Daily Archives: September 29, 2008

Pelosi: The Great Depression, "I don’t know what was so great about the depression"

“But that’s the name they give it.”

She actually said this in her speech on the House Floor this morning. Can she really be that dumb?

H/T: Quintas Arias

Barney Frank gave up his last one minute for the Speaker.

Thank you very much Madame Speaker for recognizing me and also to the distinguished chairman for his extraordinary leadership which I’ll address in a moment.

Madame Speaker, when was the last time that anyone ever asked you for seven hundred billion dollars? It’s a staggering figure. And many questions have arisen from that request. We have been hearing, I think, a very informed debate on all sides of this issue here today. I’m proud of the debate.

Seven hundred billion dollars. A staggering number. But only a part of the cost of the failed Bush economic policies to our country. Policies that were built on budget recklessness. When President Bush took office, he inherited President Clinton’s surpluses. Four years in a row, budget surpluses on a trajectory of 5.6 trillion dollars in surplus. And with his reckless economic policies within two years he had turned that around and now eight years later the foundation of that fiscal irresponsibility combined with an “anything goes” economic policy has taken us to where we are today. They claim to be free market advocates, when it’s really an anything goes mentality. No regulation. No supervision.  No discipline. And if you fail you will have a golden parachute and the taxpayer will bail you out.  Those days are over. The party is over in that respect.

Democrats believe in a free market.  We know that it can create jobs, it can create wealth, it can create, uh, many good things in our economy. But in this case, in its unbridled form, as encouraged, supported by the Republicans – some in the Republican party, not all – it has created not just, not jobs, not create capital, it has created chaos. And it’s that chaos that the Secretary of the Treasury and the Chairman of the Fed came to came to see us, just about a week and a half ago. Seems like an eternity doesn’t it? So much has happened and the news was so bad. They described a very, very dismal situation. A dismal situation describing the state of our economy, the fragility of our financial institutions, and the instability of our markets, our equity markets, our credit markets, our bond markets.

And here we were listening to people who knew of what they spoke.  Secretary of the Treasury brings long credentials and knowledge of the markets. More fearful though, to me, more scary was the, were the statements of Chairman Bernanke, because Chairman Bernanke is probably one of the foremost authorities in America on the subject of The Great Depression. I don’t know what was so great about the depression, but that’s the name they give it. And we heard the Secretary and the Chairman tell us that this was a once in a hundred years phenomenon, this fiscal crisis was so drastic. Certainly once in the fifty years, probably once in a hundred years. And how did it sneak up on us so silently? Almost on little cat’s feet. That they would come in on that day and, and they didn’t actually ask for the money, that much money, that night.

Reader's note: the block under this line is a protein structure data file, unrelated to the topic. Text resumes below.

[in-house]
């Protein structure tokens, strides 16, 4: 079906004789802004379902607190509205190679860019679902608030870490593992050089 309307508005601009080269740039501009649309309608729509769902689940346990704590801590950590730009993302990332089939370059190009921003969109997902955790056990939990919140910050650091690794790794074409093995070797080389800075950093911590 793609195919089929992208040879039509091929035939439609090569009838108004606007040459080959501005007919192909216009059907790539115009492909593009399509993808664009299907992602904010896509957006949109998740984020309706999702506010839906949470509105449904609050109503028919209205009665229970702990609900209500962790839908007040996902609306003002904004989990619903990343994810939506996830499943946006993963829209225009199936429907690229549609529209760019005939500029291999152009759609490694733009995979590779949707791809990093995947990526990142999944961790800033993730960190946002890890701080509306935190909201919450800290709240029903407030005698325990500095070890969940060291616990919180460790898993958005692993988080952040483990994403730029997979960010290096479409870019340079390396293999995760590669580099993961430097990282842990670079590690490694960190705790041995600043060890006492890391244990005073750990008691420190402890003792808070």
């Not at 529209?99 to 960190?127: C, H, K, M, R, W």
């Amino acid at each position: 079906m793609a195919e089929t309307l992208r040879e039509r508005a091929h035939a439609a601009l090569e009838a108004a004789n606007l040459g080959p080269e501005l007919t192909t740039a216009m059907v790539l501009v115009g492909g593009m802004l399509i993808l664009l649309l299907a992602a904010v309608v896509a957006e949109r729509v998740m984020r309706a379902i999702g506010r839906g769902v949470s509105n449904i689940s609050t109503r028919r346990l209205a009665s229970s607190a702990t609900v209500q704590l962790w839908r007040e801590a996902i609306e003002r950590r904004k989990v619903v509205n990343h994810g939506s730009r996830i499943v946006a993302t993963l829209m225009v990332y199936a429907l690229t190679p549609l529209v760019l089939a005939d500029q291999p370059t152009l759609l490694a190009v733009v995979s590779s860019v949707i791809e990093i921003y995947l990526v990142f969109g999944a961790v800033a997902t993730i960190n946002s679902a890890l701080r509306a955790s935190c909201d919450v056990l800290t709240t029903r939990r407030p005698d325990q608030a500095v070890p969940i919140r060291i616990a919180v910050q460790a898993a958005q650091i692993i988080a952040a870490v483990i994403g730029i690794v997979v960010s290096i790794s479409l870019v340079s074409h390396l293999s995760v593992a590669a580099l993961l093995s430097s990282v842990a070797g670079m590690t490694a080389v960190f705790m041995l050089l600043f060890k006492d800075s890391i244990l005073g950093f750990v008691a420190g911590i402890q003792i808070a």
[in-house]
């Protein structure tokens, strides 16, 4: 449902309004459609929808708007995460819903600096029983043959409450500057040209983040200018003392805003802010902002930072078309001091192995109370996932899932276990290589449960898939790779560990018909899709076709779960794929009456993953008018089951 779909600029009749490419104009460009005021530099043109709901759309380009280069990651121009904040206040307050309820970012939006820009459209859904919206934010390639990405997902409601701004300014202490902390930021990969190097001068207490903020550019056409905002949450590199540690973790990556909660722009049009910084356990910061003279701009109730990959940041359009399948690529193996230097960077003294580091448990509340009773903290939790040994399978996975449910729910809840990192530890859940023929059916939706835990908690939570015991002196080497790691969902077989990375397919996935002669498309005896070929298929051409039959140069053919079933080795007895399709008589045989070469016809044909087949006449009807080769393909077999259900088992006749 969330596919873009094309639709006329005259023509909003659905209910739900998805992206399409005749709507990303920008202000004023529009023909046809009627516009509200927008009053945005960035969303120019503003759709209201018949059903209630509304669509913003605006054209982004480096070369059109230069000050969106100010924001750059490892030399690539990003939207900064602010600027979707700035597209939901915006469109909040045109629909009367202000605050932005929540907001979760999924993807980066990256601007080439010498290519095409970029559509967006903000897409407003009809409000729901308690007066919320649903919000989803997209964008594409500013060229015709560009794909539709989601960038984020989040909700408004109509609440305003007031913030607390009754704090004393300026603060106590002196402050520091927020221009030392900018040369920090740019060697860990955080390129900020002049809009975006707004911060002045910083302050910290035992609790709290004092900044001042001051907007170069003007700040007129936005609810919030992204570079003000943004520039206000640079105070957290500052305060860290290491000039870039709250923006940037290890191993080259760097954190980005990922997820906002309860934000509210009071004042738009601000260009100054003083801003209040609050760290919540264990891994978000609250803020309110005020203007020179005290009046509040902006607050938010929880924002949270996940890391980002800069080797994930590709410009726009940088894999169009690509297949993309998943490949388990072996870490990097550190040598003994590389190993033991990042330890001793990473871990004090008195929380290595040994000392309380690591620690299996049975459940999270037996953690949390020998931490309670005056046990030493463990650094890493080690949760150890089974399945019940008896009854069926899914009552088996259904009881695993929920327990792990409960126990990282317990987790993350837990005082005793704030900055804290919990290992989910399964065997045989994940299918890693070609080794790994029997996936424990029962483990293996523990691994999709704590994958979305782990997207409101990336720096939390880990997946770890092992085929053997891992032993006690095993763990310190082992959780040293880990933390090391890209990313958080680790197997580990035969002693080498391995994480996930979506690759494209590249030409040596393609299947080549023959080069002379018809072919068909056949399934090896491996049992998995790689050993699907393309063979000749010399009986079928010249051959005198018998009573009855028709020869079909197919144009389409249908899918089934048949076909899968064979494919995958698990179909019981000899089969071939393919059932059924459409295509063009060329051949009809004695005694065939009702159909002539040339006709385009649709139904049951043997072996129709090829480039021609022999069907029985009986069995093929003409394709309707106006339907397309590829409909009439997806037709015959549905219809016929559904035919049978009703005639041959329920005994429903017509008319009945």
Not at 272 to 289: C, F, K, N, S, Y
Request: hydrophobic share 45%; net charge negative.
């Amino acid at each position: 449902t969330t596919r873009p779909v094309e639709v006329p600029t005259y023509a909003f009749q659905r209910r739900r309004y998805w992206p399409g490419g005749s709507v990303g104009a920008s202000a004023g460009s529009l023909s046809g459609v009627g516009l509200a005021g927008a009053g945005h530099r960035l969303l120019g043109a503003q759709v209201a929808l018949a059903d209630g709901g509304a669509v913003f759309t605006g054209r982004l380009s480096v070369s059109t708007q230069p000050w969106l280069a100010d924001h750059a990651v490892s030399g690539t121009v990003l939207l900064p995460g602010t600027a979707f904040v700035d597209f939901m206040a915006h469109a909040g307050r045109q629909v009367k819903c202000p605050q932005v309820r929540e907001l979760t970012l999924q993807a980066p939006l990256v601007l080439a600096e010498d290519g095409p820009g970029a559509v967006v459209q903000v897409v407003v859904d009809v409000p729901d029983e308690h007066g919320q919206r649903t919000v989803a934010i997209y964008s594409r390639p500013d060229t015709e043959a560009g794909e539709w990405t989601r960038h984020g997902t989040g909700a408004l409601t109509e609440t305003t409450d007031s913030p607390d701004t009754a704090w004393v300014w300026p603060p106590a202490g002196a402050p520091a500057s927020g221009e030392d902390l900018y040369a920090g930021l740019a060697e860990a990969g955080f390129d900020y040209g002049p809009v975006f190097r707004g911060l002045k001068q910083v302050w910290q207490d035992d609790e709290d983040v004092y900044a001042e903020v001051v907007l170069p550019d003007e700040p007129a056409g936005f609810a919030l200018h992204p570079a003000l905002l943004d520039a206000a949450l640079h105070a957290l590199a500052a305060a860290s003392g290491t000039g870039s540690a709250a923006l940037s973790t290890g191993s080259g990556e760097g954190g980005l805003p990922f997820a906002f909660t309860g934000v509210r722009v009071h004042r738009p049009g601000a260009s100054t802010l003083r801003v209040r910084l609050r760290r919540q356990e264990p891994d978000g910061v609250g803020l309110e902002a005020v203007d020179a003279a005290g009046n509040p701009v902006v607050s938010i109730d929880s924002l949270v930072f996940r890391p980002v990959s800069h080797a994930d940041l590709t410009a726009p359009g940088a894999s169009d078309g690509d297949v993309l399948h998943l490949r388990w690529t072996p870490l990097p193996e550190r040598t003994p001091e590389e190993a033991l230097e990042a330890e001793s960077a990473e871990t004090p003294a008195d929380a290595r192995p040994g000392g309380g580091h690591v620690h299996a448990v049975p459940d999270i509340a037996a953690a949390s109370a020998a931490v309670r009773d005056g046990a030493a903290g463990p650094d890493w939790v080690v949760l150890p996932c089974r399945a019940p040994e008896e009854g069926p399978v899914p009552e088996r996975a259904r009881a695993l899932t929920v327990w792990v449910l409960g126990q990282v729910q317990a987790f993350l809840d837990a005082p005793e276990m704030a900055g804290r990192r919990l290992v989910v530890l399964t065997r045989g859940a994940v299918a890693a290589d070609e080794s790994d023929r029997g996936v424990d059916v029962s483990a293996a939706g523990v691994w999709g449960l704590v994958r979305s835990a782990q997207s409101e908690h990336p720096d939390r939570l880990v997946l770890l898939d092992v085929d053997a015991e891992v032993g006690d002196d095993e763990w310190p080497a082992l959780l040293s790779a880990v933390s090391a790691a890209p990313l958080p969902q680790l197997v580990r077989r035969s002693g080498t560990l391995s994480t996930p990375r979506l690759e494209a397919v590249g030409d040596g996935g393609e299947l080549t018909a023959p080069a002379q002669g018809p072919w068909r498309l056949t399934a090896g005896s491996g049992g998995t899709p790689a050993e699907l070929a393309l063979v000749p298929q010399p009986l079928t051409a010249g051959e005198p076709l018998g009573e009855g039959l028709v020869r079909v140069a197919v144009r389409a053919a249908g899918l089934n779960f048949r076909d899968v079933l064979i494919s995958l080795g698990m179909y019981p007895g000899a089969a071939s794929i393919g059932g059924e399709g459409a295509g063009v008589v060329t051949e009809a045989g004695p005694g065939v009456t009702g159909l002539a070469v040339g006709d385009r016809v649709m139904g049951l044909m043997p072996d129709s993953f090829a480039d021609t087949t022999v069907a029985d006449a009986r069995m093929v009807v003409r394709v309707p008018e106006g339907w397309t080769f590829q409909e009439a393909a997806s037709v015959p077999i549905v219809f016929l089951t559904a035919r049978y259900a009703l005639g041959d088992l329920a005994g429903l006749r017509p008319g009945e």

It took two days until we heard, saw, the legislation that they were proposing to help calm the markets. And that was on that day that we learned of a seven hundred billion dollar request. It wasn’t just the money that was alarming, it was the nature of the legislation. It gave the Secretary of the Treasury czar like powers, unlimited powers, latitude to do all kinds of things and specifically prohibited judicial review or review of any other Federal administrative agency to review their actions.

Another aspect of it that was alarming is it gave the Secretary [some digital interference] these infusions of cash to be used at the discretion [end of video one]

[digital interference] almost arrogant and insulting. The American people responded almost immediately. Overwhelmingly they said they know that something needs to be done, say 78 percent of the American people says Congress must act. 58 some percent said but not to accept the Bush proposal. And so here we are today a week later and a couple of days later and coming to the floor with a product that, not a bill that I would have written, one that has major disappointments with me, beginning with the fact that it does not have bankruptcy in this bill and we will continue to persist and work to achieve that.

It’s interesting though to me that when they describe this, the magnitude of the challenge and the precipice that we were on and how we had to act quickly and we had to act boldly and and we had to act now that it never ocurred to them that the set, consequences of this market were being felt well in advance by the American people. Unemployment is up and therefore we need unemployment insurance. The jobs are lacking and therefore we need a stimulus package. So how can, on the one hand could this be so urgent at the moment and yet so unnecessary for us to address the effects of this poor economy on the households of Americans across our country. We’ll come back to that in a moment.